Director: Neasa Hardiman
Script: Neasa Hardiman
Cast: Connie Nielsen, Hermione Corfield, Dougray Scott, Olsen Fouere, Jack Hickey, Dag Malmberg, Ardalan Esmaili
Running time: 95min
BBFC Certificate: 15
Joining a fishing ship on a several day voyage, young science student Siobhan gets more than she bargained for when the captain recklessly takes his vessel into restricted waters bringing the crew face to face with an unspeakable horror. More terrifying than the creature in the water, however, is the parasite that has got aboard the ship and is seemingly infecting the crew.
For a genre that was reasonably popular in the late 80’s and early 90’s, it’s interesting that we haven’t seen a seafaring horror film for some time. Neasa Hardiman’s feature debut, Sea Fever hopes to change that with a film that feels atmospheric and fresh but ultimately doesn’t entirely deliver on it’s premise.
Hardiman’s pedigree in TV is a strong one, having come from such critically acclaimed fare as Happy Valley and Jessica Jones, and she’s no stranger to building stories with a strong visual and narrative atmosphere. Sea Fever plays this card almost straight out of the gates, as well as wearing its influences proudly on its sleeve. The way we’re gradually introduced to the crew as they go about their business, working men and women on a ship has very strong echoes of Alien, a thread that carries fairly long into the films run time. There’s also a touch of John Carpenter’s The Thing, as the mysterious parasite begins to find its hosts in the crew. Where there is a surprise, however, is in the touch of cosmic horror that is introduced fairly early on. The creature is revealed pretty quickly and is, as Siobhan struggles to describe, an immense being sat under the sea, glowing tendrils extending upwards. A dive sequence establishes this monolithic beast but we never truly get to see it, leaving it an unexplained and inexplicable mystery even after the credits roll.
The film also looks great; in addition to the aforementioned diving sequence, a moment of beauty, the film excels in creating a claustrophobic and lonely atmosphere, the corridors and room of the ship tight, paint flaking off their walls and pipes. This is emphasised by the elegiac and almost calming score by Christopher Franzen, undercutting the loneliness and punctuating the films few but effective shocks.
Sea Fever isn’t without its problems, however they only really reveal themselves in the films final third. The plot sets itself up so well and ratchets along at a decent pace, it’s story of an unknown pathogen and arguments for self quarantine being perhaps a little too prescient in April 2020. Sadly, as things seem to be taking a turn for the heart thumpingly nasty, they come to a bit of a standstill for much of the final act. Where an explosive finish is hinted at, the story kind of just fizzles out, leaving some plot threads, ideas and even characters hanging. I’d say that this is largely down perhaps to budgetary issues. This is clearly a low to mid budgeted film which, for the most part, manages to use its available finances effectively. CGI is sparingly and fairly invisibly used to great effect, as are a few fantastic and gory VFX sequences, but the abrupt ending certainly feels rather like a production that didn’t entirely want to overstretch iteself. Still, that budget managed to get a couple of named stars into the mix in the form of Scott and Nielsen.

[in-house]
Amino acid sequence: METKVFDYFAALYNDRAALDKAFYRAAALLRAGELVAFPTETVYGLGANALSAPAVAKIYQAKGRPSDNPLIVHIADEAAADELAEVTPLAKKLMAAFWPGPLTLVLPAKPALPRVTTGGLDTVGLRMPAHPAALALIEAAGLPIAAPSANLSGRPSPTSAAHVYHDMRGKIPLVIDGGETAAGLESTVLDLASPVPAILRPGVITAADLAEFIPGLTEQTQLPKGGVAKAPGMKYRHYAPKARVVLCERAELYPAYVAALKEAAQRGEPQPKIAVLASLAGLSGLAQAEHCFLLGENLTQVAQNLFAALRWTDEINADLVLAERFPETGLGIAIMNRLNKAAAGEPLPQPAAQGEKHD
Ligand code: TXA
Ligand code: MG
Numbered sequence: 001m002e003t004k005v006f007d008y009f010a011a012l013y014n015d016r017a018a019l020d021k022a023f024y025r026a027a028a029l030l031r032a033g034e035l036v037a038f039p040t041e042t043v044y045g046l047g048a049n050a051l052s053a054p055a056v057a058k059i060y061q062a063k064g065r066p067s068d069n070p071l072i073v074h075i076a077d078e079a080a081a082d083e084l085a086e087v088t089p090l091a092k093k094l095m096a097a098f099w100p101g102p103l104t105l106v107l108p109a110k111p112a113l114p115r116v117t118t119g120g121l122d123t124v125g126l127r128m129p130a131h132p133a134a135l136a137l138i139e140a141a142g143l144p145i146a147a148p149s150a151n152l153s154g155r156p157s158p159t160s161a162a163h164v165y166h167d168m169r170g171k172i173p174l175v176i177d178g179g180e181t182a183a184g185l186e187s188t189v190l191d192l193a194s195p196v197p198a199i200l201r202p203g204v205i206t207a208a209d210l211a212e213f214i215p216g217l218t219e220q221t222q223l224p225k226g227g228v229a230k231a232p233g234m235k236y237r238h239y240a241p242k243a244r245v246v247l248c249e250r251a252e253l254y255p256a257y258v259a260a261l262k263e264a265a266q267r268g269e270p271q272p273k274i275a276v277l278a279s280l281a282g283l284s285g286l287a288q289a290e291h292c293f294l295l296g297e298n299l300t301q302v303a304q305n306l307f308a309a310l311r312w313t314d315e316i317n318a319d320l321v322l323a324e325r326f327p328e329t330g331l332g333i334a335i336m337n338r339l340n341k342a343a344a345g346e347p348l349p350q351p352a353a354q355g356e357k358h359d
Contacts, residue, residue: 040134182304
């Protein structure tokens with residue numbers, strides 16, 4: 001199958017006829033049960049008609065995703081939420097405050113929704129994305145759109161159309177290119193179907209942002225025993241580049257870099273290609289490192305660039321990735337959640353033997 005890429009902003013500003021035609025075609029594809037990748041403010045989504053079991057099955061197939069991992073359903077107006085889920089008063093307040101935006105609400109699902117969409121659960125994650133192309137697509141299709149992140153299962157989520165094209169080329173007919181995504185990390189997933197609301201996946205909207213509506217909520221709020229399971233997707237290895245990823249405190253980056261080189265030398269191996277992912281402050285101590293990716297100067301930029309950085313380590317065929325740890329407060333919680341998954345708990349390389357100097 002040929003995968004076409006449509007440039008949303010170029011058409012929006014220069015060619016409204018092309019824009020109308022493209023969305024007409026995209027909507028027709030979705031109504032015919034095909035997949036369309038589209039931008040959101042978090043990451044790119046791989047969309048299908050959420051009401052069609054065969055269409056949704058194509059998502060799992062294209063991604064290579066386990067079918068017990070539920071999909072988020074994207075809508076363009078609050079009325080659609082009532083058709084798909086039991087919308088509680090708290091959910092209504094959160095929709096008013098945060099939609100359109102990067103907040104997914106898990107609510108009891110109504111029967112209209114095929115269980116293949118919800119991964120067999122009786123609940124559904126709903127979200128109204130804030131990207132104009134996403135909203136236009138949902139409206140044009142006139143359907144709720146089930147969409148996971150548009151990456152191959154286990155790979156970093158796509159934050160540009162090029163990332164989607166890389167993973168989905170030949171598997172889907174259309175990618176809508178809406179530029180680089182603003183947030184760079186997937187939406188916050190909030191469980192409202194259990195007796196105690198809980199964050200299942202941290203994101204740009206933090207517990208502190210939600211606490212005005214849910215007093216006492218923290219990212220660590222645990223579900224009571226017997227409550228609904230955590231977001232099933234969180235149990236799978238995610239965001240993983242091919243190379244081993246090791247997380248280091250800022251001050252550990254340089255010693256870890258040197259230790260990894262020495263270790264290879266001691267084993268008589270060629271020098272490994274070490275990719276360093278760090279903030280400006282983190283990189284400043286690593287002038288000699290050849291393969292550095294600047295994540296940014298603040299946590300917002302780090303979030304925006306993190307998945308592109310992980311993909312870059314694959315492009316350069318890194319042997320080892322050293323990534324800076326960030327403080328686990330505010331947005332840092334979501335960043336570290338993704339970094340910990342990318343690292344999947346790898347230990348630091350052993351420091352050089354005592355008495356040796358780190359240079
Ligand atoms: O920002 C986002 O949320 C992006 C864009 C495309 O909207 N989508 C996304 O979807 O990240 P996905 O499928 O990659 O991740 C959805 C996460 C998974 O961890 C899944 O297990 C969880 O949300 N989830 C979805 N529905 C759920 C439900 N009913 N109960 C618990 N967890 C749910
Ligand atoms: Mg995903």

The cast on the whole are great with Jack Hickey, Dag Maimberg and Ardlan Esmaili fairly engaging as the more bubbly crew members of the ship, while Nielsen and Olwen Fouere providing a more stoic side to a team that clearly has a history that’s not always been entirely happy. Sadly Cornfield’s Siobhan can’t muster a personality that’s remotely interesting, coming across as constantly aloof and rather disinterested in her assignment, and poor Dougray Scott seems to be channeling the most bizarre Irish accent I’ve ever heard!
Still, Sea Fever provides some genuinely great atmosphere, intriguing twists and shocks, and doesn’t overstay its welcome. For horror fans looking for something that is both an homage to the genre’s more water logged folley’s and possibly something that is at times a little more esoteric than expected, you should probably give Sea Fever a rent on your favourite VOD channel.
Signature Entertainment presents Sea Fever on Blu-ray & Digital HD from April 24th